1031 News

Representative Steve Stivers Calls for Preservation of Like-Kind Exchanges

Like-Kind Exchange News Round-Up, June 18 – June 24

Last week we heard a chorus of voices from around the web urging the preservation of like-kind exchanges in any forthcoming tax reform. Graniterock CFO Steve Snodgrass characterized the unprecedented cross-industry support this way:  "Rarely do the interests of small businesses owners, construction equipment intensive businesses and a broad range of local entrepreneurs agree with almost a century of federal income tax policy — especially when it results in billions of dollars in taxes being paid. But fortunately for the economy, they...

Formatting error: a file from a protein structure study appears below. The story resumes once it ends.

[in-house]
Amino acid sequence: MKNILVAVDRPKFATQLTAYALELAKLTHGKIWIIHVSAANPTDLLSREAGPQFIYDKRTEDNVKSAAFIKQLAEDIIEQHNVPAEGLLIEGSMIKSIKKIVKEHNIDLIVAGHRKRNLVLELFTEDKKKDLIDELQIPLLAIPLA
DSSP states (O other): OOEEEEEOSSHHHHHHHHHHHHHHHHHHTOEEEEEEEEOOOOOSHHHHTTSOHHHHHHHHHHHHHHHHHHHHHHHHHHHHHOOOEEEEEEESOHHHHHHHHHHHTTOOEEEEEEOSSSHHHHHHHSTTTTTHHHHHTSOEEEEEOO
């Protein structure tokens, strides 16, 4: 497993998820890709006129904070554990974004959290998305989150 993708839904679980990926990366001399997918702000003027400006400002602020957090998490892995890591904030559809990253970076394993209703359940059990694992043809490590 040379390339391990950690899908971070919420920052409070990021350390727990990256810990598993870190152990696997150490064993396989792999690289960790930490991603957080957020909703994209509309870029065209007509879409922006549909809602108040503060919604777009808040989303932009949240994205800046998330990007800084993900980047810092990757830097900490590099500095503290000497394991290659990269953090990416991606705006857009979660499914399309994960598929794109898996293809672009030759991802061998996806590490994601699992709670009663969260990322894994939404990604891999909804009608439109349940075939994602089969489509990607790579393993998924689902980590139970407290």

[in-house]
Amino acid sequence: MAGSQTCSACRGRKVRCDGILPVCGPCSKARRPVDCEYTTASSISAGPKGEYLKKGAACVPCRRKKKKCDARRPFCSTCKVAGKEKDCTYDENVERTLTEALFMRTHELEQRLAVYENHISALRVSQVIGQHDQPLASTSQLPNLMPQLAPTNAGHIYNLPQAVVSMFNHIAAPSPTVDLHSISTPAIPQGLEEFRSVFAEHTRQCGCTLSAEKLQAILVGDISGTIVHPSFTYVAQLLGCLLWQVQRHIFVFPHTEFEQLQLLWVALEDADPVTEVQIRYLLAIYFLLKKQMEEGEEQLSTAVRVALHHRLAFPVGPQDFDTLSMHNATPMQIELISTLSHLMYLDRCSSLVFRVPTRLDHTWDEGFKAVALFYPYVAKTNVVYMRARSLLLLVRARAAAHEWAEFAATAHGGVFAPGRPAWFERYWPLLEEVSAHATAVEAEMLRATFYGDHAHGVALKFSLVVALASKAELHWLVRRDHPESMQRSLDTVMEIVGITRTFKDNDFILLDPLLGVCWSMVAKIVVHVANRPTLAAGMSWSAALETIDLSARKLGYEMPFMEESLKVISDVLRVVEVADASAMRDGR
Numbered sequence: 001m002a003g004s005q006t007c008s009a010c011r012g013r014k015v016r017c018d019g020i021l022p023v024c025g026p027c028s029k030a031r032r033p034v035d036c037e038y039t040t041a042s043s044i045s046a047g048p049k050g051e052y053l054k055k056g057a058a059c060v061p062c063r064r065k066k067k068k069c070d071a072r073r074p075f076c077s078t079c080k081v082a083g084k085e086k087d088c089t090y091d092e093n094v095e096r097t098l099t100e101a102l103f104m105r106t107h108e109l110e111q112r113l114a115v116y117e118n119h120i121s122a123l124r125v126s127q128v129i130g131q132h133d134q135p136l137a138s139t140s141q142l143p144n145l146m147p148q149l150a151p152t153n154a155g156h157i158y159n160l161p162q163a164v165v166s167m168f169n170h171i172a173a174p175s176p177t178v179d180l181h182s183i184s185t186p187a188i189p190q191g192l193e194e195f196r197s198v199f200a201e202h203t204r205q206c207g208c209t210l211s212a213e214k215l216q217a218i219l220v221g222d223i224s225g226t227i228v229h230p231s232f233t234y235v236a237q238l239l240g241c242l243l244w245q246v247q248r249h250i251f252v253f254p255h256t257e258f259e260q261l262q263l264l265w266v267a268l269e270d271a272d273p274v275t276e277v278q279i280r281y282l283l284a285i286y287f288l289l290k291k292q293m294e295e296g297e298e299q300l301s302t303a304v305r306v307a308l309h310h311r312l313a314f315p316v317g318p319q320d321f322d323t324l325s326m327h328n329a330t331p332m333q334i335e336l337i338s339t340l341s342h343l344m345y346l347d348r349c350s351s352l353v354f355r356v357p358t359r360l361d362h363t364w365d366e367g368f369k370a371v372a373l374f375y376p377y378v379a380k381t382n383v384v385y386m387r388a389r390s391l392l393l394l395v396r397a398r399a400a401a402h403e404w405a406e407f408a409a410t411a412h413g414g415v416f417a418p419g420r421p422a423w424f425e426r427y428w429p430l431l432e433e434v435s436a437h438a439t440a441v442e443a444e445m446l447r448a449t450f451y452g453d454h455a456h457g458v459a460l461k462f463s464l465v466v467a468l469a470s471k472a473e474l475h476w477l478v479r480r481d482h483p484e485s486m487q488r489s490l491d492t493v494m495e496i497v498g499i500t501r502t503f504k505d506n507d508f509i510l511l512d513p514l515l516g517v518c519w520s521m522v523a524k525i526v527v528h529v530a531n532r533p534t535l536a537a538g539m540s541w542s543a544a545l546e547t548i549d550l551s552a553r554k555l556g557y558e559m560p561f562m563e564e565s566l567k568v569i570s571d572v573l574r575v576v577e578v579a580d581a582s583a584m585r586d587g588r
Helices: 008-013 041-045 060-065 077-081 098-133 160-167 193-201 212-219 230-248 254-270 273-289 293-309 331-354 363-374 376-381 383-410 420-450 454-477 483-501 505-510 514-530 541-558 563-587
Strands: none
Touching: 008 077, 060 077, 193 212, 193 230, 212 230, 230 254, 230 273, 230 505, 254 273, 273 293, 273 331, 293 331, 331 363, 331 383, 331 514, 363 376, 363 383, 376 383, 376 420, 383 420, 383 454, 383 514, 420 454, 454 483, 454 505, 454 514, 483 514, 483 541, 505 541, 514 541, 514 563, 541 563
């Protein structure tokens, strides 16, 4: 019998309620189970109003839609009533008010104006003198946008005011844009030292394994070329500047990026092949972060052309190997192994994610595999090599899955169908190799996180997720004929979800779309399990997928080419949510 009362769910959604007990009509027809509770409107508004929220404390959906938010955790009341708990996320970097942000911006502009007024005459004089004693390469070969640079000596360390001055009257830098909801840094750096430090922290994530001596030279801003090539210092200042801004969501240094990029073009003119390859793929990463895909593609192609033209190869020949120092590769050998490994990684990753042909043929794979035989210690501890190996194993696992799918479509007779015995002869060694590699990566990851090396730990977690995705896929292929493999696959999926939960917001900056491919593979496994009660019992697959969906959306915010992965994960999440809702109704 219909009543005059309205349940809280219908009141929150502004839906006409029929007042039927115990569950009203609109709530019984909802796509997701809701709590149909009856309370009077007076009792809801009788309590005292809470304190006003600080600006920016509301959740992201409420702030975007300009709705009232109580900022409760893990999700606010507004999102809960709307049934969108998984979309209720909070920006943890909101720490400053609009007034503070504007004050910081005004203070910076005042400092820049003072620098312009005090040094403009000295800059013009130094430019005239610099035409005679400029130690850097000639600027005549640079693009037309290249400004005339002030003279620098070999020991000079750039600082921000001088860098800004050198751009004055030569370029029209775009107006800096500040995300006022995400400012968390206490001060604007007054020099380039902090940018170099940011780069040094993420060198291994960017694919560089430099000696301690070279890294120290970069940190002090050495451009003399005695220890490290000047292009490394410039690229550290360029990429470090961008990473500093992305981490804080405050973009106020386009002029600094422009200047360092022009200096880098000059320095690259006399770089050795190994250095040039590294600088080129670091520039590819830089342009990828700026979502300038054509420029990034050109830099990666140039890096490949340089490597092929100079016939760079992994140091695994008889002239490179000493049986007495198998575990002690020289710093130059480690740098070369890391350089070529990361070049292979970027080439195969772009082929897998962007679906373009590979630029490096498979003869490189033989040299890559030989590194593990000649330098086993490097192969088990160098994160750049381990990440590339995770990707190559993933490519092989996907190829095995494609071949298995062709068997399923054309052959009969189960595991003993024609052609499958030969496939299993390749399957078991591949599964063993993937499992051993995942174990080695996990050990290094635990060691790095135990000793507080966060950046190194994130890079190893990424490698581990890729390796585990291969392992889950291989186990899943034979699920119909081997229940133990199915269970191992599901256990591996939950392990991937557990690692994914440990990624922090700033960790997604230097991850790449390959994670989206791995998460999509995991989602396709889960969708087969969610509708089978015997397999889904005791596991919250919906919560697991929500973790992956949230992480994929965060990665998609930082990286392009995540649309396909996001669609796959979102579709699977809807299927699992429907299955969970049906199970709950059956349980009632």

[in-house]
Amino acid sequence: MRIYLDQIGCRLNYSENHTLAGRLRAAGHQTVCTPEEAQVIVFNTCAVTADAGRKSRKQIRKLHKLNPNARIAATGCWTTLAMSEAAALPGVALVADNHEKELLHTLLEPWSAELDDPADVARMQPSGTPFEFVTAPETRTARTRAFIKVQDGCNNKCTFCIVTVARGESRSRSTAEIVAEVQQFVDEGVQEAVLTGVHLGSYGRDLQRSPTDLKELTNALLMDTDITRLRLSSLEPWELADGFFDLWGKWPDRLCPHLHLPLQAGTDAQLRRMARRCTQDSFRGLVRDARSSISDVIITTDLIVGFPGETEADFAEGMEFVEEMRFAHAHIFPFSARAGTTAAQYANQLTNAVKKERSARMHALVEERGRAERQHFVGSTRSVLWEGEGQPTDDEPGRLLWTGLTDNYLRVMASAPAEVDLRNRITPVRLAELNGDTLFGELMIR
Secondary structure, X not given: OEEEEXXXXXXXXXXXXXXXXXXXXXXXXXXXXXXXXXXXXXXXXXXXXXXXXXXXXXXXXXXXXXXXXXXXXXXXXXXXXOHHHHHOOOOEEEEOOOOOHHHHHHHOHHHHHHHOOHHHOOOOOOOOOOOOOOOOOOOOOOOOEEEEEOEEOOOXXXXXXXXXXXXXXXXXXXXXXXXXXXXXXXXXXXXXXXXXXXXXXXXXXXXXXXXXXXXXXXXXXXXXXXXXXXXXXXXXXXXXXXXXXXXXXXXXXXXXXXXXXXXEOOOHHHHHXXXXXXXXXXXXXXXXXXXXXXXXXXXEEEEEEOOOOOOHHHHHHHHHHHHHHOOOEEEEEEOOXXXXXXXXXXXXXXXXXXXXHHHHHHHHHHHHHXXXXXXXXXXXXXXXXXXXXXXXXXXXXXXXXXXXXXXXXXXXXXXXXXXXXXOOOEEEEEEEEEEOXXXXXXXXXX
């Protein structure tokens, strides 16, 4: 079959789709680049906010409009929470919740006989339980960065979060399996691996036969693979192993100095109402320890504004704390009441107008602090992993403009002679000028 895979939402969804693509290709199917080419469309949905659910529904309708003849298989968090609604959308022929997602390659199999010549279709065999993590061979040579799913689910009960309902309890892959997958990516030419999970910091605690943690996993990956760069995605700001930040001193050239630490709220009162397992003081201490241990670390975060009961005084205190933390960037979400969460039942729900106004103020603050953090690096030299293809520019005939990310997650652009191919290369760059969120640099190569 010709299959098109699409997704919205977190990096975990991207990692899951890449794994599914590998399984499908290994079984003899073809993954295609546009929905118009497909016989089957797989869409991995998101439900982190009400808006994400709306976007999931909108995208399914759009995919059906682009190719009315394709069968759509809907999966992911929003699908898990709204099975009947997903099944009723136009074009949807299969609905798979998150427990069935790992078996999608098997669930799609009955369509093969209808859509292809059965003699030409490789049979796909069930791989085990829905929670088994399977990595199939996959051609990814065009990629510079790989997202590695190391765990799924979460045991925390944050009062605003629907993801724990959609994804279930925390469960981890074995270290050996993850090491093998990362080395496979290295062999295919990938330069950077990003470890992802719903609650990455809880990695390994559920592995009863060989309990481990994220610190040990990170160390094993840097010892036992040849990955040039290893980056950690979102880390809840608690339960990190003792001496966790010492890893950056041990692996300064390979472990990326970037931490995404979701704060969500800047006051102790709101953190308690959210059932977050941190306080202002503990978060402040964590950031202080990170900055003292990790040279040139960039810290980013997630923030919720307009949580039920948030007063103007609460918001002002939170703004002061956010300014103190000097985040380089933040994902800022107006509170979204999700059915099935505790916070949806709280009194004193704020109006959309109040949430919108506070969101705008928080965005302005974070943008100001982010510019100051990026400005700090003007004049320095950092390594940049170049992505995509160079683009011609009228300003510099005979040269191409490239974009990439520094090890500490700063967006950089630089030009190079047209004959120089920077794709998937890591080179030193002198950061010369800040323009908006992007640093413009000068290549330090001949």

Rules for Real Estate and Personal Property Exchanges are not always of Like-Kind

Differences between Real & Personal Property Exchanges

The 1991 Treasury Department regulations set forth detailed guidelines for tax deferred exchanges of real property and personal property. Prior to that time, exchanges could be done but very little guidance was available to make sure they were done correctly. This set of rules and regulations covered like-kind exchanges of both real and personal property. However, these two types of exchange property are not covered the same way. Below, I’ll summarize some of the differences...

Bloomberg BNA Report Addresses Farmer Concerns over Tax Reform